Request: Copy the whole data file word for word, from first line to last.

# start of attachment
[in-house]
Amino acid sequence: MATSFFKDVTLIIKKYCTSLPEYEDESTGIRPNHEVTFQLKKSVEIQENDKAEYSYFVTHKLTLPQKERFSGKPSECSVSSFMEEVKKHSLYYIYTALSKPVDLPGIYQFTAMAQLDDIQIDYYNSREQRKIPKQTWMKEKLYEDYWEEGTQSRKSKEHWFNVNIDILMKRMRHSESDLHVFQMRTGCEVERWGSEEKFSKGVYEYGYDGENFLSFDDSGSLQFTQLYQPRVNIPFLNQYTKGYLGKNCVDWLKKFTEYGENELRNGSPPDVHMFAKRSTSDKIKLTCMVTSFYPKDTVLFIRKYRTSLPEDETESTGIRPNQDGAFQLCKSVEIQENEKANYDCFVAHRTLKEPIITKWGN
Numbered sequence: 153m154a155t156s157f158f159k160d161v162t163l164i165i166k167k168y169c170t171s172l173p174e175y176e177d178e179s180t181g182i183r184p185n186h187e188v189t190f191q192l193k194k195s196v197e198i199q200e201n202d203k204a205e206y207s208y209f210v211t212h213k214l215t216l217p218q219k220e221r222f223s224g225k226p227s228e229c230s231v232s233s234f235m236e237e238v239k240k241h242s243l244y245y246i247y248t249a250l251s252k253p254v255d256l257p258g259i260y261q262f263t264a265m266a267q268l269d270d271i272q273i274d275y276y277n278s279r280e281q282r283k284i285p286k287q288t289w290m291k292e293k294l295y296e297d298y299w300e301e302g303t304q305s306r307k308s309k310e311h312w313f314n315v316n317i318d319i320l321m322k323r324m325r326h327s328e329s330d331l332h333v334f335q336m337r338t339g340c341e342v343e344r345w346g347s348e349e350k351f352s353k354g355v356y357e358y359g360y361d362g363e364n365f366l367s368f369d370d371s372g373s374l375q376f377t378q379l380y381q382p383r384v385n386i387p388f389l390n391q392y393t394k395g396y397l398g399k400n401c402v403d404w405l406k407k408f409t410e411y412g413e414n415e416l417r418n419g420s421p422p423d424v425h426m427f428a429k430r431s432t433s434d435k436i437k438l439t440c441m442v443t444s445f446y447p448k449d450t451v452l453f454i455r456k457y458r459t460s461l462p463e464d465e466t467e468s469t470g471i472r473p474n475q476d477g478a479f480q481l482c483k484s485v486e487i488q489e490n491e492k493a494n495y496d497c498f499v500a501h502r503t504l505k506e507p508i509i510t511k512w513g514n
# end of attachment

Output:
[in-house]
Amino acid sequence: MATSFFKDVTLIIKKYCTSLPEYEDESTGIRPNHEVTFQLKKSVEIQENDKAEYSYFVTHKLTLPQKERFSGKPSECSVSSFMEEVKKHSLYYIYTALSKPVDLPGIYQFTAMAQLDDIQIDYYNSREQRKIPKQTWMKEKLYEDYWEEGTQSRKSKEHWFNVNIDILMKRMRHSESDLHVFQMRTGCEVERWGSEEKFSKGVYEYGYDGENFLSFDDSGSLQFTQLYQPRVNIPFLNQYTKGYLGKNCVDWLKKFTEYGENELRNGSPPDVHMFAKRSTSDKIKLTCMVTSFYPKDTVLFIRKYRTSLPEDETESTGIRPNQDGAFQLCKSVEIQENEKANYDCFVAHRTLKEPIITKWGN
Numbered sequence: 153m154a155t156s157f158f159k160d161v162t163l164i165i166k167k168y169c170t171s172l173p174e175y176e177d178e179s180t181g182i183r184p185n186h187e188v189t190f191q192l193k194k195s196v197e198i199q200e201n202d203k204a205e206y207s208y209f210v211t212h213k214l215t216l217p218q219k220e221r222f223s224g225k226p227s228e229c230s231v232s233s234f235m236e237e238v239k240k241h242s243l244y245y246i247y248t249a250l251s252k253p254v255d256l257p258g259i260y261q262f263t264a265m266a267q268l269d270d271i272q273i274d275y276y277n278s279r280e281q282r283k284i285p286k287q288t289w290m291k292e293k294l295y296e297d298y299w300e301e302g303t304q305s306r307k308s309k310e311h312w313f314n315v316n317i318d319i320l321m322k323r324m325r326h327s328e329s330d331l332h333v334f335q336m337r338t339g340c341e342v343e344r345w346g347s348e349e350k351f352s353k354g355v356y357e358y359g360y361d362g363e364n365f366l367s368f369d370d371s372g373s374l375q376f377t378q379l380y381q382p383r384v385n386i387p388f389l390n391q392y393t394k395g396y397l398g399k400n401c402v403d404w405l406k407k408f409t410e411y412g413e414n415e416l417r418n419g420s421p422p423d424v425h426m427f428a429k430r431s432t433s434d435k436i437k438l439t440c441m442v443t444s445f446y447p448k449d450t451v452l453f454i455r456k457y458r459t460s461l462p463e464d465e466t467e468s469t470g471i472r473p474n475q476d477g478a479f480q481l482c483k484s485v486e487i488q489e490n491e492k493a494n495y496d497c498f499v500a501h502r503t504l505k506e507p508i509i510t511k512w513g514n